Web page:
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Navigating Food Allergy Drama

March 25, 2011

This past year, I have run into way too many people who have told me that their bodies have an issue with digesting fruit or veggies and so they must avoid raw foods in general. This always makes me incredibly sad, because I cannot imagine a life without my fruit and veg! There seems to be many reasons why this may happen: for some people, it was clear to me they had parasites (which can cause food allergies), another trend was a food intolerance that started when someone moved to the U.S. after being born and raised on fruit and veggies from another country, and the last variant I encountered was people who straight up could die if they ate peanuts or whatever because literally moments afterwards their breathing was restricted etc. In the first two instances, I think that it points to the fact that there may be another underlying issue.

One of the key points I’ve discovered is that the majority of people who actually think they have a food allergy, really have a food intolerance. With food allergies, all of the symptoms occur within a few minutes to an hour of eating. Some experiences that accompany an allergic reaction include itching in the mouth, and difficulty swallowing and breathing. Then, once the food is in digestion phase, symptoms such as nausea, vomiting, diarrhea, and abdominal pain may begin. It’s usually the latter symptoms, that happen when food is being digested that get confused for being a food allergy, when really, it’s an intolerance.

My theory, especially in the case of those who were able to eat a fruit or vegetable in another country and now cannot, is that there might be substances whether they be additives or herbicides on the food that are causing the intolerance, and that it may not be the food itself in some cases. My mother is a good example of this because for years she told us she was allergic to peanuts. But now, years later she’s discovered that if she buys the natural peanuts still in their shells, the way she was accustomed to eating them when she grew up, she has no reaction at all! Of course, everyone is unique so that can’t be true for all cases. But, there happen to be a range of conditions that can mimic food allergies including:

  • Food Poisoning: If you eat food that is contaminated, and have no idea it may cause something that seems like an allergic reaction.
  • Lactose or Gluten-Intolerance: It seems like a great deal of people are actually lactose or gluten-intolerant and do not know it. Although they may feel strange symptoms when digesting certain foods, they continue eating them and ignore warning signs or attribute it to some other kind of digestive problem.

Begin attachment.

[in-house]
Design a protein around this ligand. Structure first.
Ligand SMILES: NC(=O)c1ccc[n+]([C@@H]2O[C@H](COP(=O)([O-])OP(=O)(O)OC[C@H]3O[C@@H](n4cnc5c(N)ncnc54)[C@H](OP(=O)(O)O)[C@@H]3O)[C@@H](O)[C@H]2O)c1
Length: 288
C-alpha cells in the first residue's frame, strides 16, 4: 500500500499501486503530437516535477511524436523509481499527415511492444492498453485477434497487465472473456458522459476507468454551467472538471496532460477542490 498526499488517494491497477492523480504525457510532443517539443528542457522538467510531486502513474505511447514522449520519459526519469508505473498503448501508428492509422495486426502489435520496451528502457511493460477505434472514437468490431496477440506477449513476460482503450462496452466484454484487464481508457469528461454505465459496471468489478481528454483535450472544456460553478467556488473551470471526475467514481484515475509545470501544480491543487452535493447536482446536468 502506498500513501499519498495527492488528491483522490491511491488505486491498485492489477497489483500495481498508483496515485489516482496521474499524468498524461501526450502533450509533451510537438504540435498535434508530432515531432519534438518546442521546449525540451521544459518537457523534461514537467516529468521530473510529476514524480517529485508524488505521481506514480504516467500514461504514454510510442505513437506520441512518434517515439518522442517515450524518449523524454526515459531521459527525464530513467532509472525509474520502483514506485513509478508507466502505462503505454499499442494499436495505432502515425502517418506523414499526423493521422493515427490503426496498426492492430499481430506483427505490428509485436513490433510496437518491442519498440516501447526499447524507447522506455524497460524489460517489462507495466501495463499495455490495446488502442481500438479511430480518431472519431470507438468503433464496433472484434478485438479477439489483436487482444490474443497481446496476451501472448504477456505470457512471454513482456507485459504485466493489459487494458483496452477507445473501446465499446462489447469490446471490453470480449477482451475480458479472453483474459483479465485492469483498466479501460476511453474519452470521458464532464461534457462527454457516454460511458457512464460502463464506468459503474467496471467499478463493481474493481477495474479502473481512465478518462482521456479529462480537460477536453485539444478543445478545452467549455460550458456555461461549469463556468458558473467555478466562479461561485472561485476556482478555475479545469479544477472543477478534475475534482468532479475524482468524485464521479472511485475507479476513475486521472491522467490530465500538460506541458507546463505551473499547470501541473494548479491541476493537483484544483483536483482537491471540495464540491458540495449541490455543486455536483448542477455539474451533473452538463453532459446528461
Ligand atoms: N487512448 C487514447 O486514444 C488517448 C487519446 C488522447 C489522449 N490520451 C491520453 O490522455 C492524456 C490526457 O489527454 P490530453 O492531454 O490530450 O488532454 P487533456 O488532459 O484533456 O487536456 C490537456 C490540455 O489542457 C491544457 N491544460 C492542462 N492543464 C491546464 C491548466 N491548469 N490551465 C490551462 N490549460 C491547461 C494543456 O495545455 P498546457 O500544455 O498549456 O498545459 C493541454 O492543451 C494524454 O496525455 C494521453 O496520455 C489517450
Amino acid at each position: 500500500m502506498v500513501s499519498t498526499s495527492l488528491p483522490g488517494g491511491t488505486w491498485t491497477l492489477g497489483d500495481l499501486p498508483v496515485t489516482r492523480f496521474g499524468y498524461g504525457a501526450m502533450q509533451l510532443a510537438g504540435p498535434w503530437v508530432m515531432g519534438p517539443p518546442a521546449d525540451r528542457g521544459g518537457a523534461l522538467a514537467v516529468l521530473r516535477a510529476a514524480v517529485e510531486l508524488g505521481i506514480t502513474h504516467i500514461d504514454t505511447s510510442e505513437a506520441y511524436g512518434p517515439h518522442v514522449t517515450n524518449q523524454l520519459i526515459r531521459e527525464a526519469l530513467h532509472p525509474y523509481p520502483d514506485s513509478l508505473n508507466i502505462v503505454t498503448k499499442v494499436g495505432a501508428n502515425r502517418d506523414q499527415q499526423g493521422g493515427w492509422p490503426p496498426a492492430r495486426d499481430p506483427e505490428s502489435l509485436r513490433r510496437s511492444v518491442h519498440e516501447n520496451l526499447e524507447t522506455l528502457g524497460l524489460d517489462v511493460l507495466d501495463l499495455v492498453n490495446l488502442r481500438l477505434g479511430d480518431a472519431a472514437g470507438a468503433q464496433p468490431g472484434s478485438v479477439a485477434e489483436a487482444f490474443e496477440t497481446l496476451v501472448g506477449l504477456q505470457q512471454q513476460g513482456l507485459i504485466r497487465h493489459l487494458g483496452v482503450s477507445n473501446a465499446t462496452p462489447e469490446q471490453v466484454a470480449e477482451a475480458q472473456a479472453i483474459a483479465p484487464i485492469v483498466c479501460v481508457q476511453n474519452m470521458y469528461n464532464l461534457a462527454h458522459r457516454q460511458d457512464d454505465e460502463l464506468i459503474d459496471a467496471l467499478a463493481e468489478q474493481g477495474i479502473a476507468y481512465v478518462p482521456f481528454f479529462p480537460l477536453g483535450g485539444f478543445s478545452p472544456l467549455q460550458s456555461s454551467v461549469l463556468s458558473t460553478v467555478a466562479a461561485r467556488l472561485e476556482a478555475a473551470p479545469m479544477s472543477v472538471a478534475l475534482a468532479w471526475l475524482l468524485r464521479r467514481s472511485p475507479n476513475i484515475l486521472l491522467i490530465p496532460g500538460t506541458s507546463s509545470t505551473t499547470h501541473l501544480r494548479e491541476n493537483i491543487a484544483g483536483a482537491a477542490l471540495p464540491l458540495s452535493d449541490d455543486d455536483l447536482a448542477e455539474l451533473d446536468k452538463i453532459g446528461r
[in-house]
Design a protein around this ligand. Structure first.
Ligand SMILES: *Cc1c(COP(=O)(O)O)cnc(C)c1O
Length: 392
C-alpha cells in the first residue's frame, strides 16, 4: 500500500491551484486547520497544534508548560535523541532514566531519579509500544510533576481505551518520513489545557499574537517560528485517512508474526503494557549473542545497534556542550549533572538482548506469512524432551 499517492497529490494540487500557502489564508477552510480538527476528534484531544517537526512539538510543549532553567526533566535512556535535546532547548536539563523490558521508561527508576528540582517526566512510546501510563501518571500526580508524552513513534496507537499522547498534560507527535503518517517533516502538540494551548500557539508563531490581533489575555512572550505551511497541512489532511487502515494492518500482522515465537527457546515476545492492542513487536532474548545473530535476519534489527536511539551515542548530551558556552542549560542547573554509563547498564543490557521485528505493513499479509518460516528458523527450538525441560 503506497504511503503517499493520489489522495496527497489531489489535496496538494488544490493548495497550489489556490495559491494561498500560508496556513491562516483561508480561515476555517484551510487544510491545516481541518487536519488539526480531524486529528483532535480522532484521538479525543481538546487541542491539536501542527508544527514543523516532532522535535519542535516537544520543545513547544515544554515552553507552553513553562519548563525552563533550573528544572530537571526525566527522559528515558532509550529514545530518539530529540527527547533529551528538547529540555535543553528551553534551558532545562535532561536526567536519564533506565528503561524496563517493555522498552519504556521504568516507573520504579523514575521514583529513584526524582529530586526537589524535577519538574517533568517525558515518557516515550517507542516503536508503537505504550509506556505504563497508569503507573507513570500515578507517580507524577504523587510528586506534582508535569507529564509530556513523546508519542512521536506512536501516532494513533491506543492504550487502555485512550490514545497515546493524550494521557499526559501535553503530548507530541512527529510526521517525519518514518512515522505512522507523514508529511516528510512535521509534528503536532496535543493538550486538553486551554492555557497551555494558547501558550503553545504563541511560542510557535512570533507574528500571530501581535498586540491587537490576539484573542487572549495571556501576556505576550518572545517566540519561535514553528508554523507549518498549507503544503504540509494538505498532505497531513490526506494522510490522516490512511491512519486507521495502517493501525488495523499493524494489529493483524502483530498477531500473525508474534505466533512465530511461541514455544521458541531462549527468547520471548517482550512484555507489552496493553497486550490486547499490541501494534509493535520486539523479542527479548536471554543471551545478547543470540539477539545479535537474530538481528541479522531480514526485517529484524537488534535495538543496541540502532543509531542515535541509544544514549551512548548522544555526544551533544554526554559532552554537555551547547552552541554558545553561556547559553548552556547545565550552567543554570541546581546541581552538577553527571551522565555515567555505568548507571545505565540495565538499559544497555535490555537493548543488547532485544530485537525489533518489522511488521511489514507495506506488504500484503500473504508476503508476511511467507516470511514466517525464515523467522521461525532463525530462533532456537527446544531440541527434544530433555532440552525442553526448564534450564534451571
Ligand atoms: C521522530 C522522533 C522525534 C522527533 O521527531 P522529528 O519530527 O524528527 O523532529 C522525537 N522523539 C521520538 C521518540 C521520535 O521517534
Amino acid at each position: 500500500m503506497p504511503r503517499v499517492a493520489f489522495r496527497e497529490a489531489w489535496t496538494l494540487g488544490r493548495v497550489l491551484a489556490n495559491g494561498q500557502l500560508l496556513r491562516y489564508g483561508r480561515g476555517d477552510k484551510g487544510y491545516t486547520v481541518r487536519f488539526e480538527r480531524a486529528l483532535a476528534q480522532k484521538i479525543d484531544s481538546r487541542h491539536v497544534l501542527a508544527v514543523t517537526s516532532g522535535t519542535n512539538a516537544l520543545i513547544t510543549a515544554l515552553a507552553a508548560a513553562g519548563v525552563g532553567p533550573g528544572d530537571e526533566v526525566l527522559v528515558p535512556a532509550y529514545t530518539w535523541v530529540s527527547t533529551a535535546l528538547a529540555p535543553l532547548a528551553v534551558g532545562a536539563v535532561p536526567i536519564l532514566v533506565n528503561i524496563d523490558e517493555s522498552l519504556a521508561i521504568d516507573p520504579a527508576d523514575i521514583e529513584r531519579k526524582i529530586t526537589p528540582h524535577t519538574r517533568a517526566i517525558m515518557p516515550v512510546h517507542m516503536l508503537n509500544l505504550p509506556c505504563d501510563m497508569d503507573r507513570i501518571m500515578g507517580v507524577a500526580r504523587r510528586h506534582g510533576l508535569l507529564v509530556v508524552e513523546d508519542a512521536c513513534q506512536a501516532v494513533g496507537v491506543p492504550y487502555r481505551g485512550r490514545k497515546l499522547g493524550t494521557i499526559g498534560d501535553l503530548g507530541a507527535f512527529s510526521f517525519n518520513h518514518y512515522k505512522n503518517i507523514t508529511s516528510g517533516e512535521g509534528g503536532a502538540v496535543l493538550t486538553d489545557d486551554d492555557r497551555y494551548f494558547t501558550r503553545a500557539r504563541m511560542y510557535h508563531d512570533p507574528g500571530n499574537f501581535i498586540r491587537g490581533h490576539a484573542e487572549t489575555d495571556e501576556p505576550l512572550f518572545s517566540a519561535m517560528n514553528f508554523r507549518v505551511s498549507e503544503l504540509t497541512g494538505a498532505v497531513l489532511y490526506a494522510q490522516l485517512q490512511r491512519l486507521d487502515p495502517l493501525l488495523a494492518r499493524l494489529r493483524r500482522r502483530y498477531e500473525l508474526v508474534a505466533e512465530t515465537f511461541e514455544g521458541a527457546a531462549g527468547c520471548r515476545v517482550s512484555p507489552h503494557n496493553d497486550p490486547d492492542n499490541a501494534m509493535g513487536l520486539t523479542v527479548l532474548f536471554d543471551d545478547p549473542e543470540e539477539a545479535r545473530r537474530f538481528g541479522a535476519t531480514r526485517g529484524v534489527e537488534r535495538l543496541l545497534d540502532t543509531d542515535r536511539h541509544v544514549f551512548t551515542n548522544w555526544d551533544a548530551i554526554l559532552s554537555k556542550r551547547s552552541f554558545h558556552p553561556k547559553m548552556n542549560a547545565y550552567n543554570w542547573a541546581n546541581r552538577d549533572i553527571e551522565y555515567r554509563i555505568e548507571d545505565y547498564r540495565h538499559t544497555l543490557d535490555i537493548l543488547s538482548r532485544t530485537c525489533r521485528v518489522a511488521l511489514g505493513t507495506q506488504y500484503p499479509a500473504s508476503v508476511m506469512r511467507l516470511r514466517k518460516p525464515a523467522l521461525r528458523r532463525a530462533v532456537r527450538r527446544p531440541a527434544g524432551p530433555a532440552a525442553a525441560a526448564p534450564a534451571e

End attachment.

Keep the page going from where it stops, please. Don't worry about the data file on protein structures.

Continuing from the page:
• Histamine Toxicity: Apparently some natural substances (histamine in this case) in foods can cause reactions resembling allergy. It can reach high levels in certain fish (especially tun and mackerel), cheese, and some wines. In the case of fish, this may be because the fish is contaminated! When the body has an allergic reaction it usually releases the chemical (neurotransmitter) histamine. So if you eat foods that happen to have high levels it could trigger an allergic reaction response. In addition to this tidbit, something I found interesting is also that Histamine levels can be very high when the body is chronically dehydrated; so if perhaps you are over-caffeinated and your body needs water, your levels will go up and may cause some seeming allergic reactions.
  • Food additives: This would be when chemicals or compounds are added to food in order to change coloring, taste or preserve food for bacteria cause reactions. Consuming enough of these can produce allergic reactions. For example apparently eating large amounts of food with MSG can cause flushing, sensations of warmth, light-headedness, facial pressure, headache, and pain in the chest. Also sulfites, which used to be sprayed on fruits and veggies but was banned by the FDA (wow, they did something good), can cause problems with breathing or aggravate an underlying asthmatic condition.
  • Other gastrointestinal diseases: Some gastrointestinal diseases such as gallstones, Crohn’s disease, and others cause allergic reactions to food that mimic allergic reactions as well and can cause nausea, vomiting, pain or diarrhea.

All that said, if you think you have a food allergy, you should get tested by your doctor to make sure it is legitimate. If you have an intolerance, try to get to the root of what is causing it. In some cases, a parasite cleanse probably couldn’t hurt, and also taking bentonite clay internally has been said to help with food allergy situations as well. But I’m sure that there are foods and enzymes that can help address digestive disorders and help bring the body back to one. The jury’s still out on my end and I’m going to keep reading and looking into answers as to how fruits and veggies cannot be consumed by so many people and what can be done about it! Will keep you posted on what I discover. -XoXo Raw Girl

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